vanish fascinates me.
a group of researchers at the university of washington released it yesterday. it's a tool that basically puts an expiration time on any information you post on the internet.
it uses a secret key to encrypt the data, and then sprinkles the key into many little pieces throughout the vuze P2P network. based on the average rate of hosts leaving and entering the P2P network, the key lasts about eight or nine hours; this can be tweaked to any multiple of 8 or 9 hours.
of course, it's not perfect. if you even legitimately want to recover the information after the assigned period (and, if you did save it elsewhere, aren't you defeating the purpose of using vanish?), you can't. on the other hand, it can be decrypted by anyone with a Vanish client during the period that the key is valid, so if you care about who sees it as well as when the data expires, it's probably a good idea to wrap the vanish data object in something that will authenticate the recipient, such as pgp. it is a legitimate concern given that anyone can decrypt the data within the time period--they could always take the text, save it in another file, and get around the expiration date provided by vanish. then again, the intended recipient can do that as well, so it's useless unless you can trust the recipient to just let the message die.
however, i find this a fascinating first step toward addressing the problem of stuff on the internet coming back to haunt people, or addressing other problems of data lasting longer than hoped for. (and, i think i'm going to implement and play with the "vanish trash bin" idea on the project website...) it won't completely get rid of the problem, and i definitely won't start doing things like posting things on the internet that i don't stand behind, or saving child porn or stolen credit card numbers on my machines. that being said, i'm really excited to know that people are doing interesting things to try and get around the effective permanence of computer data.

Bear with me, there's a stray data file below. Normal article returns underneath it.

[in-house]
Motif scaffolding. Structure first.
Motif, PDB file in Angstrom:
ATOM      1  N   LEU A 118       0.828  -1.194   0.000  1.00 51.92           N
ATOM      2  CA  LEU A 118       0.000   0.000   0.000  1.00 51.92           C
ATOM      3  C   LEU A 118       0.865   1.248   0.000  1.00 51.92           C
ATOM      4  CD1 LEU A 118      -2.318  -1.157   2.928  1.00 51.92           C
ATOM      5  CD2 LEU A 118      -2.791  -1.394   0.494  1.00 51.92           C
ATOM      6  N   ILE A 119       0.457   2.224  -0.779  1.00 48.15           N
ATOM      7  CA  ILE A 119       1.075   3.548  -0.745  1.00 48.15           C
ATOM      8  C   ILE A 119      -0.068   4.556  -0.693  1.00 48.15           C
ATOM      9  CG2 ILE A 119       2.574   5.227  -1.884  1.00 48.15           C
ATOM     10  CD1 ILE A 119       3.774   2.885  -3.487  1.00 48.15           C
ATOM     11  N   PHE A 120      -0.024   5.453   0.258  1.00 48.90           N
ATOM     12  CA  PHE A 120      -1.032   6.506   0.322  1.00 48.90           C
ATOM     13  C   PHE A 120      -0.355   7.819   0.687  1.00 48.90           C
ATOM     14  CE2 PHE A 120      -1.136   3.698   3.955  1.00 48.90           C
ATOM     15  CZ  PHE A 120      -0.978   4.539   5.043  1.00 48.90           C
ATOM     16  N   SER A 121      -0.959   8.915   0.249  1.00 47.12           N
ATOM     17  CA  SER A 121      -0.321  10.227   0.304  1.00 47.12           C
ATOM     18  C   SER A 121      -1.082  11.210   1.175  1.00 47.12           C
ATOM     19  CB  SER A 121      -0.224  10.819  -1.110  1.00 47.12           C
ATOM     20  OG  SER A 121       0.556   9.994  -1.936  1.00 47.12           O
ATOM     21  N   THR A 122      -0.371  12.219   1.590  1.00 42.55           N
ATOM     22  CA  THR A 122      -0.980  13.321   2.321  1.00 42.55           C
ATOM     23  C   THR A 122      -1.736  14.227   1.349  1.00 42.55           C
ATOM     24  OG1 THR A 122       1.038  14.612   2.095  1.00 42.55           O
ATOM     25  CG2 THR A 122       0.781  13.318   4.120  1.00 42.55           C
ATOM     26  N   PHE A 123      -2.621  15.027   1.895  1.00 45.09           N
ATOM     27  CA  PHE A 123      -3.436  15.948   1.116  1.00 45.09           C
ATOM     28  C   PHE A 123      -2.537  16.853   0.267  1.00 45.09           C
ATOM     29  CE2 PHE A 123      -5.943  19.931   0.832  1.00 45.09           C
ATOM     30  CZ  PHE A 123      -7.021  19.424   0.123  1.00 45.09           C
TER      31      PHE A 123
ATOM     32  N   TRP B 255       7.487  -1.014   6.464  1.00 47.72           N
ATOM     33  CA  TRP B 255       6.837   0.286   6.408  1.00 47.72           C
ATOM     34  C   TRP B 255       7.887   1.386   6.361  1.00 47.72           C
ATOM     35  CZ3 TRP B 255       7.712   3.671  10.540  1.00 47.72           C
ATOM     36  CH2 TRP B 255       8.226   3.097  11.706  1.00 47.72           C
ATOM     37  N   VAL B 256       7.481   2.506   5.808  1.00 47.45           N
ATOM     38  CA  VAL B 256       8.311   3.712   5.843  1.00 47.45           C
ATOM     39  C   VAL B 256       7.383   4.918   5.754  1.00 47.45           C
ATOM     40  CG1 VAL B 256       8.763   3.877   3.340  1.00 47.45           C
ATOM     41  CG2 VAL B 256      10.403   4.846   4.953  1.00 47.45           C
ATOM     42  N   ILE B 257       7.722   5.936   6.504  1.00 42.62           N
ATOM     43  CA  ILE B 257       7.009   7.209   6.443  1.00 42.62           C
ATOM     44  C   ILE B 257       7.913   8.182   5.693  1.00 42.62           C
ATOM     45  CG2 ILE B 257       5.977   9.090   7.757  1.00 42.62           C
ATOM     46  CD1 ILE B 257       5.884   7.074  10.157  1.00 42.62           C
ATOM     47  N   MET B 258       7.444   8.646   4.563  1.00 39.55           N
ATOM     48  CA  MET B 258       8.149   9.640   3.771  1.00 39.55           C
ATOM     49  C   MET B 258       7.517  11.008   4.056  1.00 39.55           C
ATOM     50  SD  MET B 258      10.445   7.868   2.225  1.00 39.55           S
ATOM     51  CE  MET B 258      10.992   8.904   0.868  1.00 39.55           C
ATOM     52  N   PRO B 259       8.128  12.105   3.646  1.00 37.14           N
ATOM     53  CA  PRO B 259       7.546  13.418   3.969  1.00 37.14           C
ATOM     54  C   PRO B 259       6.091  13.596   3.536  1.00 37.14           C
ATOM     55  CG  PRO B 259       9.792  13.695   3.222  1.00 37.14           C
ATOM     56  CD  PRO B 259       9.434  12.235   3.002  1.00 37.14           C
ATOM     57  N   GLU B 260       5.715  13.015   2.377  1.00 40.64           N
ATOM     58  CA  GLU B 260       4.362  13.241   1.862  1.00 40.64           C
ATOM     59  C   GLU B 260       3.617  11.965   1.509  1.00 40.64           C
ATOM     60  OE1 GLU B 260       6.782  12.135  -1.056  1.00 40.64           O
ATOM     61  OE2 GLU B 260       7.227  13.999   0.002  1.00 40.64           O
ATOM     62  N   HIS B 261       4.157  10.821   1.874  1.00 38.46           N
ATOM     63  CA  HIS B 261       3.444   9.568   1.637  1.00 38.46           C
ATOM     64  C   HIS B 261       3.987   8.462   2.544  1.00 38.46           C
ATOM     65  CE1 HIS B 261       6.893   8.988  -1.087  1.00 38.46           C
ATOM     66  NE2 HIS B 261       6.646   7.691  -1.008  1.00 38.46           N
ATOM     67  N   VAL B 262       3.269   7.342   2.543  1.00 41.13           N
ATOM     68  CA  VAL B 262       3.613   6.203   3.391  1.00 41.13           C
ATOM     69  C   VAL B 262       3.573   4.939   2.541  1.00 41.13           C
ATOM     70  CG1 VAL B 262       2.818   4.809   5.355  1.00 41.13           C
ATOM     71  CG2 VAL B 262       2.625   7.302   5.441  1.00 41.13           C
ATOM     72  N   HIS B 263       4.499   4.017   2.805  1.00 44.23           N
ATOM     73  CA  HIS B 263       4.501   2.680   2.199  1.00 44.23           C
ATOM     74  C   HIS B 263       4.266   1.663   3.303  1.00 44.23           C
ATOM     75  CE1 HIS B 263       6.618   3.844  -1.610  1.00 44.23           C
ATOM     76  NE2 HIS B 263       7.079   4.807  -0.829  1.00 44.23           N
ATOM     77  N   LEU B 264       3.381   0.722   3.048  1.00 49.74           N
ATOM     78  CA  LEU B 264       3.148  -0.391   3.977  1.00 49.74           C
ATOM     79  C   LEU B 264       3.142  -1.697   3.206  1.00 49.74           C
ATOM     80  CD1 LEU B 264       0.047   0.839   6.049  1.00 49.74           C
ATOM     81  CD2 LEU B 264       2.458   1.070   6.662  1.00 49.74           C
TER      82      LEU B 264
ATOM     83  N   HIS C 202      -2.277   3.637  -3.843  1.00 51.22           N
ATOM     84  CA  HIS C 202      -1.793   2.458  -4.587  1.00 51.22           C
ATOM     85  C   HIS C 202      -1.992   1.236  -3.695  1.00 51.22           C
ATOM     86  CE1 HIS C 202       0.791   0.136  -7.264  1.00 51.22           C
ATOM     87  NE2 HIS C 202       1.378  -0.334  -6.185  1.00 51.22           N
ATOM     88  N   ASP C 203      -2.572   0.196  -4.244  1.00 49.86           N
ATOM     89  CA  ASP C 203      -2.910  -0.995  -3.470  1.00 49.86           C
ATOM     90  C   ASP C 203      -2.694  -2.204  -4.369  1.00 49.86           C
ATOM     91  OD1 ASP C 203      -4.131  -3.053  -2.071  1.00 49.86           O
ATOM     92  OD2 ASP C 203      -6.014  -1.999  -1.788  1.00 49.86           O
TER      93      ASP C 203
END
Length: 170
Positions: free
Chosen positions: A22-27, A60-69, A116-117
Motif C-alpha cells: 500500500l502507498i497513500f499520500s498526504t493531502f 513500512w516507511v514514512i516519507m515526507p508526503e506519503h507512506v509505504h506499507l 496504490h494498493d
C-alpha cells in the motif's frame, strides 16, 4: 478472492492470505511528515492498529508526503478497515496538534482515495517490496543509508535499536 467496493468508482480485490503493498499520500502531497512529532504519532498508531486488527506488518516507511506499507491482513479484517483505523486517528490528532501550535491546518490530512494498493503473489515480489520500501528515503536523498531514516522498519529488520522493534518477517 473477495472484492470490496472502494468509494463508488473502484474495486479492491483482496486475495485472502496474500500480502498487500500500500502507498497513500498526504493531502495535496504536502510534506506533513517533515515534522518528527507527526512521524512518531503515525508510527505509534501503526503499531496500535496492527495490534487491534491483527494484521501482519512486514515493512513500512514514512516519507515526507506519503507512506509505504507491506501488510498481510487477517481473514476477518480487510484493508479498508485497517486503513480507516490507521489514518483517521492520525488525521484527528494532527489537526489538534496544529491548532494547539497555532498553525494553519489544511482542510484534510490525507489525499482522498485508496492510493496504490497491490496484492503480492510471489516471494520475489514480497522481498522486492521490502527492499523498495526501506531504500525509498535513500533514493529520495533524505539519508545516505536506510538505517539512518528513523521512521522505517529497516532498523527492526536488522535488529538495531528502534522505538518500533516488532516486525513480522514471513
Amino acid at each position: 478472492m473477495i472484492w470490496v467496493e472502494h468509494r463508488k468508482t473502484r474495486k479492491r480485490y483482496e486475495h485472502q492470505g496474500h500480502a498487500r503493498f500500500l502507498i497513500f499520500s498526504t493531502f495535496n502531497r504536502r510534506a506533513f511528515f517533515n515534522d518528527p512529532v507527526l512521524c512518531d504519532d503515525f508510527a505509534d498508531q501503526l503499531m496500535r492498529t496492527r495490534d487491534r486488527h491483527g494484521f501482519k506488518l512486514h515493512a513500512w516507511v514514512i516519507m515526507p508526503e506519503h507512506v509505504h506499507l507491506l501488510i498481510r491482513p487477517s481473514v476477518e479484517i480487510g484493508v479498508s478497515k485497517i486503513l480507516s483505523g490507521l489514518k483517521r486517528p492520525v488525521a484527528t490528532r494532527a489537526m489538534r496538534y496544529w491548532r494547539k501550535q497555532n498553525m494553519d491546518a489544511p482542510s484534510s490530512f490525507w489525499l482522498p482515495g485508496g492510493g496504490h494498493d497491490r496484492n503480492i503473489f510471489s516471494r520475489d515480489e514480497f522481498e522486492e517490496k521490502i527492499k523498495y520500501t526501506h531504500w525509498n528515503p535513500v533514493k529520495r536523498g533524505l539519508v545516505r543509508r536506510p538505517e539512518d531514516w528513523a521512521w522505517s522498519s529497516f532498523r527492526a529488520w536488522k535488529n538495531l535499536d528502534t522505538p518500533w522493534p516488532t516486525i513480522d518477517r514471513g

they're giving a formal presentation about it at USENIX. sadly, though, USENIX is at the same time as HAR, so i'll be away. however, if it were not at the same time as HAR, i find this interesting enough that i would try to go to USENIX just for this presentation, and to pick the researchers' brains about it sometime during the hallway track.